“Quantitative methods are no more synonymous with objectivity than qualitative methods are synonymous with subjectivity”.
– Mike Patton
For 8 years running, Vienna has topped the Mercer Quality of Living Index. According to the data sets, it is quite literally the best place on Earth to live. This year Unit 14 will travel to, and luxuriate in, Vienna – we will become Wienphiles, gorging ourselves on the architectural splendours of this intoxicating city.
The Mercer survey, undertaken by the consultancy firm Mercer, openly declares its core purpose – to provide statistics for global corporations that are looking to strategically relocate staff and other business interests. This nugget of information, along with the specifics of the criteria used to formulate the index, is quickly passed over as news of Vienna’s ranking traverses the internet. Truisms become fact, and we willingly submit to another survey trading on the premise of objectivity.
This is not to say that Vienna does not provide an excellent living standard – it does – and we will unpack how it does, why it does, and crucially, how this is measured, with the pitfalls and opportunities these tactics afford this socially democratic city. We will question the increasing blur between quantitative and qualitative methods of measure used to assess urban and architectural conditions in the early twenty first century. Quantitative systems of measure have been taken to new extremes recently, at the macro and micro scale, with movements such as Quantitative Urbanism measuring our cities, and the Quantified Self measuring our bodies.
Data management is increasingly enmeshing with the practice of architectural design. Data creation will be demanded from our buildings, spaces and scapes, as well as from the architect and all participants in design and construction processes. Things all of types (human and non-) could well become/may already be highly efficient synchronous data generators and extractors, constantly gorging on self-generated data in bizarre feedback loops.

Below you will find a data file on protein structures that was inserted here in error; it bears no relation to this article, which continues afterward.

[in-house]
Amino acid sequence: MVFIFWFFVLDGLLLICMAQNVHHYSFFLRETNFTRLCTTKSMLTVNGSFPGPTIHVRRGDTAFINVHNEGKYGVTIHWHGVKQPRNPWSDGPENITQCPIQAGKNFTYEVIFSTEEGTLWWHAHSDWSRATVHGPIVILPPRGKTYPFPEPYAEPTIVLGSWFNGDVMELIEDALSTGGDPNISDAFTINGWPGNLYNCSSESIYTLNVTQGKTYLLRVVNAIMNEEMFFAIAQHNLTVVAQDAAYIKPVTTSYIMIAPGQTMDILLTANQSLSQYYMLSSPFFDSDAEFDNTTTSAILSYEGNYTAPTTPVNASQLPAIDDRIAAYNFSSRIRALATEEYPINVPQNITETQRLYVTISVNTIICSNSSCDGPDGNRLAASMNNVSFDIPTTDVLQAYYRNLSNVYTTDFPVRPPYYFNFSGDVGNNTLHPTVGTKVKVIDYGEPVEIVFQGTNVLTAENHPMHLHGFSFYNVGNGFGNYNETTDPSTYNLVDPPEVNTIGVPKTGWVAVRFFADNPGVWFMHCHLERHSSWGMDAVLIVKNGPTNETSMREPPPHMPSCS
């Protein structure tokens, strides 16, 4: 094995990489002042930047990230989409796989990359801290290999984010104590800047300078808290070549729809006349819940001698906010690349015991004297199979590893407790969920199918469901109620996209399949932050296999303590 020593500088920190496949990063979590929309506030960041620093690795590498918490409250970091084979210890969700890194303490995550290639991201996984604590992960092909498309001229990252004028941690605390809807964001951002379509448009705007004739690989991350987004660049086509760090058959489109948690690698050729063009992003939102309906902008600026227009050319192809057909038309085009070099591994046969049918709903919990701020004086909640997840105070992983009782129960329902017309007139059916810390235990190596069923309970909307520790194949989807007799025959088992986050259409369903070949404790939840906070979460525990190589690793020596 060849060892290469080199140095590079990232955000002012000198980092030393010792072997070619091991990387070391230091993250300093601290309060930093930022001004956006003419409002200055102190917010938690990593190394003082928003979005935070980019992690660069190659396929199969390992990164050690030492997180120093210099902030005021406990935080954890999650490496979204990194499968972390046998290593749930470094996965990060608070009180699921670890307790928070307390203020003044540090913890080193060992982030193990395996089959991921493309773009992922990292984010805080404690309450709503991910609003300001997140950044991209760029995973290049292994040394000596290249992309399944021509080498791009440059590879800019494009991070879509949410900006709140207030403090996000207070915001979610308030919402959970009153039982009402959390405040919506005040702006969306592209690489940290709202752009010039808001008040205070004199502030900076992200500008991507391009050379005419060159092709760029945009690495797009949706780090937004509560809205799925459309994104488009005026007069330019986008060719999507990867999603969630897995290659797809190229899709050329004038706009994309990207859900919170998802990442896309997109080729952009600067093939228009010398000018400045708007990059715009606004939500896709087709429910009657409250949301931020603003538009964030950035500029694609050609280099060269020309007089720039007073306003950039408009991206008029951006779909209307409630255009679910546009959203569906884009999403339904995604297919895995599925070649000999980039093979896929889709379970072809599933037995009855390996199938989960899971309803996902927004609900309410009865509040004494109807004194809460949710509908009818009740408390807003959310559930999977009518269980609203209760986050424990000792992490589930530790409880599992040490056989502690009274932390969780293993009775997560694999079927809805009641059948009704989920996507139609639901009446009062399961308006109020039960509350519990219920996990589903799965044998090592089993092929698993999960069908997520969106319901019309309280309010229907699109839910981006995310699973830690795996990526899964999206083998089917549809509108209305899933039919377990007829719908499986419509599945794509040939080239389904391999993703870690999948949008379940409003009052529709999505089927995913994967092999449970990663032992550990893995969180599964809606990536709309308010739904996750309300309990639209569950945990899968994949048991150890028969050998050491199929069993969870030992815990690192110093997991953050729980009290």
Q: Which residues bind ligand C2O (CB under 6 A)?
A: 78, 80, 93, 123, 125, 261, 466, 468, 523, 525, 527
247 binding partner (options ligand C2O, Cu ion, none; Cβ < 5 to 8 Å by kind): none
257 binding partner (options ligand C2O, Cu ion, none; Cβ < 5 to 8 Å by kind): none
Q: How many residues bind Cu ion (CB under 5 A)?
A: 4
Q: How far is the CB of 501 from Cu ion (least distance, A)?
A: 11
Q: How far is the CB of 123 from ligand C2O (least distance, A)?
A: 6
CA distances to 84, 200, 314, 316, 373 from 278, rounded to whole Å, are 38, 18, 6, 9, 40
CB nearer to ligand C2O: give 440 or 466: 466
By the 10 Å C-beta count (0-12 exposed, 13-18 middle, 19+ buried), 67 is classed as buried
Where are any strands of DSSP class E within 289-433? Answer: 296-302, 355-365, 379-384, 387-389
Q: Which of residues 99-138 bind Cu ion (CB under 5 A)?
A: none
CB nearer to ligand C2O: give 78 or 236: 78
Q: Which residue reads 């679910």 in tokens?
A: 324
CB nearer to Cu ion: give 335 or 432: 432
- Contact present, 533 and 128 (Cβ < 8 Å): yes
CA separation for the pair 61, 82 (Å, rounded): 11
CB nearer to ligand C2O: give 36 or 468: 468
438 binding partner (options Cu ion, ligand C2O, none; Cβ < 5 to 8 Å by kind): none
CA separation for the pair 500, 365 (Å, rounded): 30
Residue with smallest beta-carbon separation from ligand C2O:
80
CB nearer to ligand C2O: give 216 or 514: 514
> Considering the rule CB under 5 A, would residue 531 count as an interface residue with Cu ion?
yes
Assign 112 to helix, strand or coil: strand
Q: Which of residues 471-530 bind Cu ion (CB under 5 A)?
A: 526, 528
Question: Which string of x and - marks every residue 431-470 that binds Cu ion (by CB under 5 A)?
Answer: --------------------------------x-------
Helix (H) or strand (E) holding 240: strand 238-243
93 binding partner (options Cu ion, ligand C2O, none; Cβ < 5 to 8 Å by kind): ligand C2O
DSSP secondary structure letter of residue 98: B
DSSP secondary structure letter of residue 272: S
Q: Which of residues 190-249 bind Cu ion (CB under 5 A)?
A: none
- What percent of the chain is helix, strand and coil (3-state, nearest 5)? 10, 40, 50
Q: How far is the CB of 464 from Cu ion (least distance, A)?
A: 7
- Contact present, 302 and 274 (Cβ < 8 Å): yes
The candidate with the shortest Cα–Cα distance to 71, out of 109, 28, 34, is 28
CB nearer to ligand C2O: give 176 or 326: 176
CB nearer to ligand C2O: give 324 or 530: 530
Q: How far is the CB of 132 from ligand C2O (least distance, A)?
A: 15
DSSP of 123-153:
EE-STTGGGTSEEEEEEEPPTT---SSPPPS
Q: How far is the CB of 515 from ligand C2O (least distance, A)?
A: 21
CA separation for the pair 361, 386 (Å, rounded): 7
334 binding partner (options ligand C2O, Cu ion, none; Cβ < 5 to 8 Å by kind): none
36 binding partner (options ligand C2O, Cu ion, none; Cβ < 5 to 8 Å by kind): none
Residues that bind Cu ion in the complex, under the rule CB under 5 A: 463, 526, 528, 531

The central tenet of the unit this year will be to ask how architecture can be designed through the subversion and disruption of data. We will critically engage with the multitudinous data sets harvested from Vienna (data of all creeds: big, small, hard, soft, linear, non-linear, rigorous, sensitive, nuanced, contextual etc), to find weird anomolies and strange tangents that can act as catalysts for new architectural proposals. We will learn to operate as architects in a landscape of data manipulation, capitalising on loopholes and tweaking irregularities. Emerging technologies such as the Internet of Things, smart contracts, predictive analytics, blockchain and learning algorithms will be a key concern to the unit, and we will explore their egalitarian, and even emancipatory, potentialities and implications for Architecture.
Unit 14 will continue to investigate the processes of modelling and the outputting of models. With the pervasion of BIM and other modelling softwares in the profession, digital modelling has become the key operation of the architect in the early 21st century. We are interested in new and emerging modelling processes and technologies, and in developing new modelling languages: physical, digital, hybridized and other. Data modelling will play a key part in our operations this year. The unit aims to open up the discussion on modelling beyond known architectural procedures, and looks to explore models of thought, both as ways of understanding the world, and as devices to aid speculative work. At its most ambitious, Unit 14 is interested in worldbuilding – or more specifically, worldmodelling – imaginary projects and their sites developed as thought experiments at vast scales and complexities.
Year one students will site their projects on the Glacis of Vienna’s Ringstrasse, and work with the city of Vienna’s Urban Development plan. Our field trip to Vienna will be in 4 weeks time.
Final year students will develop their project themes in dialogue with their tutors.